But the polling organization sees definite trends on the continent.
The further south and east one goes in Europe, in general, the more Catholic a country is. And the further east one goes, the more conservative it is as well.
But one thing clearly stands out. In spite of its being home to the Roman Catholic Church, Europe is far less Catholic than it once was.
In 1910, for example, the continent was home to 65 percent of the world’s Catholics. A century later, that number has plummeted, to 24 percent.
So where have all the Catholics gone? Latin America, Pew points out, now hosts more Catholics (39 percent of the world’s Catholics) than Europe or any other region. Sub-Saharan Africa has 16 percent, and the Asia-Pacific region 12 percent.
But the European countries with the largest shares of Catholics are mostly located in southern and central Europe. “For example, at least three-quarters of adults in Poland (87 percent), Italy (78 percent) and Portugal (77 percent) identify as Catholic, as well as majorities in Spain (60 percent) and Hungary (56 percent),” Pew points out on its blog, FactTank. “But there are exceptions to this pattern: Ireland is 72 percent Catholic, and 75 percent of Lithuanians are Catholic. There are also sizable Catholic populations scattered throughout the rest of the continent, including in the United Kingdom and the Netherlands (19 percent each), as well as Ukraine (10 percent).”
Not only are Central European countries more Catholic, but the adherents who live in Central and Eastern European countries are significantly more religious than those in Western Europe, Pew points out:
Catholics in Central and Eastern Europe are more likely to say they attend church monthly (median of 44 percent vs. 33 percent), pray daily (36 percent vs. 13 percent), consider religion very important in their lives (31 percent vs. 13 percent), and believe in God (91 percent vs. 80 percent). A majority of Catholics in Ukraine (56 percent) [who are mostly Greek Catholic] say they pray at least once a day, while roughly one-in-ten in France (9 percent) say the same. This East-West split among Catholics mirrors a larger regional dynamic: Overall, across the continent, people in Central and Eastern European countries, regardless of their affiliation, tend to be more religious than people in Western Europe.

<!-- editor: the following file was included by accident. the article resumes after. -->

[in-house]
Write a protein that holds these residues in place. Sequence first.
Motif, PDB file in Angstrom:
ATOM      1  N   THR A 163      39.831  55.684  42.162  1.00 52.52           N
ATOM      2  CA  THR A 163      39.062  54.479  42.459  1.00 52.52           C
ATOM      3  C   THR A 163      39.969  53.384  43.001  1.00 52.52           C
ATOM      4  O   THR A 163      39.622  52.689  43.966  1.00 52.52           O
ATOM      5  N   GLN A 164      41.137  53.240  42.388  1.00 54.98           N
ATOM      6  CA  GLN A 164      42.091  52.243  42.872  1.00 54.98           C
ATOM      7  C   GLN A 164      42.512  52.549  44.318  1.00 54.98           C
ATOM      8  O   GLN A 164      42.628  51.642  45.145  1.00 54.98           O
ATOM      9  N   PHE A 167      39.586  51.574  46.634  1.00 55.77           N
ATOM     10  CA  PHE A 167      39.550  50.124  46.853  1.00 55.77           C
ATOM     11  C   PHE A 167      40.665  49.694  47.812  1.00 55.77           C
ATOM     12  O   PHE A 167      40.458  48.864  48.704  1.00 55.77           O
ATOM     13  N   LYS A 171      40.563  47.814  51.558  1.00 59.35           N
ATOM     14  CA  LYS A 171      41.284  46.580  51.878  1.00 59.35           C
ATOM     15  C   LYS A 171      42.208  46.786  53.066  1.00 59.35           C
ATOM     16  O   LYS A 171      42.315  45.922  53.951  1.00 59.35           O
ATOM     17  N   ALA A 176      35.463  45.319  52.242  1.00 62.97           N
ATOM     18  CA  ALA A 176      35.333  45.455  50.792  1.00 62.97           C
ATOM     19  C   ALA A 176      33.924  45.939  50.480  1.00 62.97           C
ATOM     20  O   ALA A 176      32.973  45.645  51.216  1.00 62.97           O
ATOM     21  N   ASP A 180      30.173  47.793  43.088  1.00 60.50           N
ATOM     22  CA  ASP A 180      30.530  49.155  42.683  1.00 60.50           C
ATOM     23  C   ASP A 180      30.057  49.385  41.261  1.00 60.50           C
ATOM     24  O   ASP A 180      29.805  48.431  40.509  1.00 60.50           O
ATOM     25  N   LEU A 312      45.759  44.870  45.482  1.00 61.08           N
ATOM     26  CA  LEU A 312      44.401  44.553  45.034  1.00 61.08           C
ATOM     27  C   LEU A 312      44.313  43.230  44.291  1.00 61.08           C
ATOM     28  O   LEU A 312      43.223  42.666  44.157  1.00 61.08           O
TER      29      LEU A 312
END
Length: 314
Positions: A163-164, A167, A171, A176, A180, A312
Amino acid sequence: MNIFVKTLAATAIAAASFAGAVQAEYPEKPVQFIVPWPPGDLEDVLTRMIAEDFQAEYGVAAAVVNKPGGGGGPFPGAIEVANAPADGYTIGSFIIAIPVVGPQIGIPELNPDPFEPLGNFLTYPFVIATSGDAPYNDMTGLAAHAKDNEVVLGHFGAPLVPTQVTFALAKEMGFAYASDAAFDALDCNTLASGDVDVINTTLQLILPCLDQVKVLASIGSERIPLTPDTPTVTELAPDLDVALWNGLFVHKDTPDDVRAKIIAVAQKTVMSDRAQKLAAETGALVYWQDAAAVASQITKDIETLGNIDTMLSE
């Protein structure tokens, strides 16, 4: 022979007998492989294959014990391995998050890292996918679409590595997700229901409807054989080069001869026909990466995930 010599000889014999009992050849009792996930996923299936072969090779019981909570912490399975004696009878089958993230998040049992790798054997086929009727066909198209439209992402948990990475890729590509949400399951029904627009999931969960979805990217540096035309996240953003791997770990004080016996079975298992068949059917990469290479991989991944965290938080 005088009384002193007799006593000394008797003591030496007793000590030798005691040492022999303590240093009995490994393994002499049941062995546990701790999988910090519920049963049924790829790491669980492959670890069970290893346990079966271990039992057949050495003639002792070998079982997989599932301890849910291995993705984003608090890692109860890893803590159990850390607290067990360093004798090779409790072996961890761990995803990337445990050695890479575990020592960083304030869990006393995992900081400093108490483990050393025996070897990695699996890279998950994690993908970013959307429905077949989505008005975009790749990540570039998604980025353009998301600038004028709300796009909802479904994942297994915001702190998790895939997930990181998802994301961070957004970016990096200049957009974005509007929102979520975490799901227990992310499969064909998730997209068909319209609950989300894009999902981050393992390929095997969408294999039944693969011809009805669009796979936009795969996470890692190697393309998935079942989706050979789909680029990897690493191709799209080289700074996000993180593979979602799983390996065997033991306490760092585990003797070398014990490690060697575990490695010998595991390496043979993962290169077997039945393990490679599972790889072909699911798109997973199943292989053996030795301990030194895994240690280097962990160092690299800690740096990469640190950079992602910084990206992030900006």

On top of that, Catholics in Central and Eastern Europe tend to be more socially conservative than those in the West. “In every Western European country with enough Catholics in the survey for analysis, majorities of Catholics support legal gay marriage, including overwhelming shares in the Netherlands (92 percent) and Belgium (83 percent). By contrast, most Catholics in Central and Eastern Europe oppose gay marriage, including nine-in-ten in Ukraine and Bosnia. Catholics in Central and Eastern Europe are more likely to favor legal abortion than same-sex marriage, but support for legal abortion is still substantially lower than among Catholics in Western Europe (median of 47 percent vs. 71 percent).
Finally, Pew found, Catholics in Western Europe are more accepting of Muslims than those in other European countries. “At least half of Catholics in most Western European countries say they would be willing to accept a Muslim as a family member,’ the polling organization says. “By contrast, far fewer Catholics across Central and Eastern Europe say they would accept a Muslim as a member of their family, including 21 percent in Hungary and 15 percent in Latvia. Once again, the regional differences in Catholic attitudes toward Muslims reflect a wider East-West split in Europe.”
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